By Sean Jackson
U.S. prosecutors charged a New York company and its employees over a thirteen year plot to illegally import and sell technology made in China to sell to the U.S. government. The technology included surveillance and security equipment that could potentially be exploited by foreign actors.
The company, Aventura Technologies Inc, is accused of defrauding government entities and military entities by falsely suggesting that it manufactured security cameras and other products in the U.S., while instead importing the products from China. Founder Jack Cassabo and six other employees are implicated in the prosecution.
U.S. Attorney Richard Donoghue spoke at a news conference about the incident, stating that Aventura, “created a channel by which foreign adversaries and other actors could access some of our government’s most sensitive facilities and computer networks.”
He also said that the products that Aventura claimed to manufactured had “known cybersecurity vulnerabilities.”
On Thursday, November 8th six of those charged were arrested and are scheduled to appear in federal court in Brooklyn, NY after federal agents raided the Aventura headquarters on Long Island.
The employees are charged with money laundering and conspiracy to commit wire and mail fraud. Federal agents seized bank account information, company records, and a 70-foot yacht that was purchased using money from the scheme. The raid involved dozens of investigators and law enforcement who could be seen carrying away containers and equipment.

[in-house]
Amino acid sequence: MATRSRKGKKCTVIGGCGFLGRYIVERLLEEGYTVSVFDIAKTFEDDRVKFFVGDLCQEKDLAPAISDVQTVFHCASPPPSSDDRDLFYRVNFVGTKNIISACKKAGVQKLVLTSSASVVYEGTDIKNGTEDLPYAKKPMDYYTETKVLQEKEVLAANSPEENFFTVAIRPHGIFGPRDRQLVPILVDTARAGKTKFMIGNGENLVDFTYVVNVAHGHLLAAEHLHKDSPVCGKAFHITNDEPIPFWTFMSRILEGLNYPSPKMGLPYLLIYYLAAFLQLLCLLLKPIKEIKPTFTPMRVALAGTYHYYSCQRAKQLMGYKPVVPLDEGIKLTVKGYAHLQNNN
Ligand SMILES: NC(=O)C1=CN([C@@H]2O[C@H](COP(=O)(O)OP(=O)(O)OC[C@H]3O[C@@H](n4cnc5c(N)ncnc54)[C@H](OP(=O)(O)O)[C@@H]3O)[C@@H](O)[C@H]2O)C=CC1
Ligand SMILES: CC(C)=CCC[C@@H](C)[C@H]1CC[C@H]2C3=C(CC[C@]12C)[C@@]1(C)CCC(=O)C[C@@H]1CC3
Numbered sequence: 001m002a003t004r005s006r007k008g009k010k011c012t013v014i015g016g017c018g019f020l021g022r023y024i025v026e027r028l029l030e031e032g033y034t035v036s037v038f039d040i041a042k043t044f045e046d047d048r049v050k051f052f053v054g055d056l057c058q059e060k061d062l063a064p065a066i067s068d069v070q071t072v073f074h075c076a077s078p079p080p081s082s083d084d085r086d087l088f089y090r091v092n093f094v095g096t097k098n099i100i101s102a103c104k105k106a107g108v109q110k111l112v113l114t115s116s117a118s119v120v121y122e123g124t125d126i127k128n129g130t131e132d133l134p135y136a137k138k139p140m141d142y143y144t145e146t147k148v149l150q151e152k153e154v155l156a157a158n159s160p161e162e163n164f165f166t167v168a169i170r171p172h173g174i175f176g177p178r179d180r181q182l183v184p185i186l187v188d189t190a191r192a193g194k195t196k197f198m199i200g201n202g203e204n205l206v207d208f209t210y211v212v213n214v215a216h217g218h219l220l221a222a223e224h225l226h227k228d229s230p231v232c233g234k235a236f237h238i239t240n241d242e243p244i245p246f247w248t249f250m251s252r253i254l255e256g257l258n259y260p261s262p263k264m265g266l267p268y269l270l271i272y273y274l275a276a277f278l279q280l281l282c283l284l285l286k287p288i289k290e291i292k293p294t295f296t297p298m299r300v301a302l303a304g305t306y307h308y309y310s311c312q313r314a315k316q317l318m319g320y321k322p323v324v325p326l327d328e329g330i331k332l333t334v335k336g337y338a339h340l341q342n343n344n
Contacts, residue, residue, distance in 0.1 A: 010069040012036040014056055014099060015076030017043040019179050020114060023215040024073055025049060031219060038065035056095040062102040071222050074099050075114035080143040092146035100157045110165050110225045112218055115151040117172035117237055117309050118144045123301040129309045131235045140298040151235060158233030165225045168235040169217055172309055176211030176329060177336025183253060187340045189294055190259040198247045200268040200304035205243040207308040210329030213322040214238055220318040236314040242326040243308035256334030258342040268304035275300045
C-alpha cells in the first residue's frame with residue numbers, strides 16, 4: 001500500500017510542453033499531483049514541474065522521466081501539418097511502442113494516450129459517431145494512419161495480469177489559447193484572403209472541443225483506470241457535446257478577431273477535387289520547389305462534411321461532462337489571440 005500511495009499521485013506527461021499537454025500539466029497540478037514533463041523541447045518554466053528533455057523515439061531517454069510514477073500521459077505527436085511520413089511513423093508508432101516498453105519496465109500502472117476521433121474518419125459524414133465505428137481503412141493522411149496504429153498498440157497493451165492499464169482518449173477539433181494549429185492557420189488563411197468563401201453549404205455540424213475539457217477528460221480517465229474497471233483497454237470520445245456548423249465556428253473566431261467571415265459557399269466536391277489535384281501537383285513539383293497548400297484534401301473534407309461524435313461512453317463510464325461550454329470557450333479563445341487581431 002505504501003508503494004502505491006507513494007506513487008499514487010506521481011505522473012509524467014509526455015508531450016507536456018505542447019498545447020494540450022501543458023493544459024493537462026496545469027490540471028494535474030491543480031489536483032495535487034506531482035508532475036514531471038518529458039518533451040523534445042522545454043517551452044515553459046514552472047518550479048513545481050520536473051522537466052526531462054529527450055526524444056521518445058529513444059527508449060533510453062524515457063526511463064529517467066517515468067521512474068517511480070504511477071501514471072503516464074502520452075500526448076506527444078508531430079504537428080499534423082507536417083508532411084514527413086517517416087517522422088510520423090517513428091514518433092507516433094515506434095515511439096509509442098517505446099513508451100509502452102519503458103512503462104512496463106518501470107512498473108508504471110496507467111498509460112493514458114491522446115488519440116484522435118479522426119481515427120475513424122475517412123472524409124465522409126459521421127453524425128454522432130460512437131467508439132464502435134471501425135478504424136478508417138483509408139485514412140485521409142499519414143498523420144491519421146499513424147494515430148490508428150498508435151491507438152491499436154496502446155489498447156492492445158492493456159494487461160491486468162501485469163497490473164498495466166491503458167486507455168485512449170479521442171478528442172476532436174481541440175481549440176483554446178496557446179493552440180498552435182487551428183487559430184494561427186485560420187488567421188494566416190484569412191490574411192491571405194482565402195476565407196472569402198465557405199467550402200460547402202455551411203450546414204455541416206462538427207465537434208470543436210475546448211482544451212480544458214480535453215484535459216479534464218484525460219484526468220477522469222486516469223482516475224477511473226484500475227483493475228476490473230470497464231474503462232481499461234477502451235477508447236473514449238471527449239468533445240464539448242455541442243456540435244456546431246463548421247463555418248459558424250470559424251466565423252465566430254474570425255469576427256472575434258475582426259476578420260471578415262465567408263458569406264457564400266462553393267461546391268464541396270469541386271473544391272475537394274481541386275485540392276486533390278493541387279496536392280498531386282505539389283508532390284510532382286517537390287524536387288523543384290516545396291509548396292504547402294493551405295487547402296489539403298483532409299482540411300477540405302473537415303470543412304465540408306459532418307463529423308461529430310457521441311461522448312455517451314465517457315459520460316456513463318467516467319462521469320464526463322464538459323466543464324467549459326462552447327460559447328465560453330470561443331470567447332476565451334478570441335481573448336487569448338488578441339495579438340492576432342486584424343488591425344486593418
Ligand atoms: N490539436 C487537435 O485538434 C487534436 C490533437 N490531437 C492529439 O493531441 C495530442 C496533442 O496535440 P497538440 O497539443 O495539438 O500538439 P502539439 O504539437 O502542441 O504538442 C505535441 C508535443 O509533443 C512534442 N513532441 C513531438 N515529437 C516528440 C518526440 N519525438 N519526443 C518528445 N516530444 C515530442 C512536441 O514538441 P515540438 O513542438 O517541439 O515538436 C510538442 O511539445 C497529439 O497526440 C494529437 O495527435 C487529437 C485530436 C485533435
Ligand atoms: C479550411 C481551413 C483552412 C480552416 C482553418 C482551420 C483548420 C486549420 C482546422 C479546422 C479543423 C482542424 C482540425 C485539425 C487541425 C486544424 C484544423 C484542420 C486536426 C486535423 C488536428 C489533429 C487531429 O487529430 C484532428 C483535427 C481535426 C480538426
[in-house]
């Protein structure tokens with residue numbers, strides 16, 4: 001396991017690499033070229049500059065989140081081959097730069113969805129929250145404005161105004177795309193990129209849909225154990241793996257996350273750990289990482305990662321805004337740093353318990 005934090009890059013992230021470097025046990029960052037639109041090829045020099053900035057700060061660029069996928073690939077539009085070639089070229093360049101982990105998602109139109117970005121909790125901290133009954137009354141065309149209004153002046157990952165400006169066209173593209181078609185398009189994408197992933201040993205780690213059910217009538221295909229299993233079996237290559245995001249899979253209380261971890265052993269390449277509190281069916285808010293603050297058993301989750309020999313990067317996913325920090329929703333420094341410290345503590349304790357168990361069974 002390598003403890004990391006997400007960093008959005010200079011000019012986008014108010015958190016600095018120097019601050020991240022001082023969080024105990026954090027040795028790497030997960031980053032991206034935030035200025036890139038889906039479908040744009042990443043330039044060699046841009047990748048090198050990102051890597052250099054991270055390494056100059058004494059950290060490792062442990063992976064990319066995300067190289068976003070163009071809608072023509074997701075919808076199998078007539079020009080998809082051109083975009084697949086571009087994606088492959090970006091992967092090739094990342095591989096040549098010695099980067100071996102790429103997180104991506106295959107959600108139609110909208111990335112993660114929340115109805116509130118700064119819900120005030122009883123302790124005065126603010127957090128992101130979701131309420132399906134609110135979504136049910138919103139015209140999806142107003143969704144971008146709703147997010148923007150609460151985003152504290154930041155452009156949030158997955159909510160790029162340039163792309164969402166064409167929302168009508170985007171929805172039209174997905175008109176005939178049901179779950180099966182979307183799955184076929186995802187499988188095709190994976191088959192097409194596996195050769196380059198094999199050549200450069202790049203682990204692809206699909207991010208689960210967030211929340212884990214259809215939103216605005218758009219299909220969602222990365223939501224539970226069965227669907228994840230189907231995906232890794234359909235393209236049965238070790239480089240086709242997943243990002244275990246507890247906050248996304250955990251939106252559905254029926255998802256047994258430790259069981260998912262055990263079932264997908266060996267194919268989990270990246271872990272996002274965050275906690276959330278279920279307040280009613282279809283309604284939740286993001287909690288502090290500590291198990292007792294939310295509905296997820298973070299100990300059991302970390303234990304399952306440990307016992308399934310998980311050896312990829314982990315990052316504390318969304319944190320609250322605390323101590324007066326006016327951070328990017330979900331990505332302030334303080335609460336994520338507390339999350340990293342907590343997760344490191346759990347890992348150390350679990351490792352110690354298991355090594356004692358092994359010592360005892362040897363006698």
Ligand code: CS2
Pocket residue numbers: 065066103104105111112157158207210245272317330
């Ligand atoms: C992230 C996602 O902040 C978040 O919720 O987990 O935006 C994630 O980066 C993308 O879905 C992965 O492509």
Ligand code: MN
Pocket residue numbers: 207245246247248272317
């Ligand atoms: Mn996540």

FBI Assistant Director-in-Charge William Sweeney released a statement about the scheme, suggesting, “Greed is at the heart of this scheme, a reprehensible motive when the subjects in this case allegedly put into question the security of men and women who don uniforms each day to protect our nation.”
The scheme included contracts with military branches including the Army, Navy, and Air Force, helping generate the company upwards of $88 million since 2006. The equipment they sold was installed widely across military bases, Department of Energy facilities, and other places, including Navy aircraft carriers. Other products included a $13,500 laser-enhanced night vision camera, as well as twenty-five body cameras issued to the U.S. Air Force.
The prosecution stated that the alleged mastermind, Jack Cabasso, went to extraordinary lengths to conceal the scheme with help from his Chinese business partners. Cabasso exchanged emails with colleagues and Chinese business partners stressing that the products cannot be traced back to its original manufacturer. Last year Cabasso wrote an email to the Chinese manufacturer of surveillance equipment asking them to take off any discernible markings on circuit boards.
“As alleged, the defendants falsely claimed for years that their surveillance and security equipment was manufactured in Long Island, padding their pockets with money from lucrative contracts without regard for the risk to our country’s national security posed by secretly peddling made-in-China electronics with known cyber vulnerabilities,” said U.S. Attorney Richard Donoghue.
According to court papers, Jack Cabasso has an extensive criminal history which includes prior convictions for grand larceny, mail fraud, wire fraud, and conspiring to influence a juror.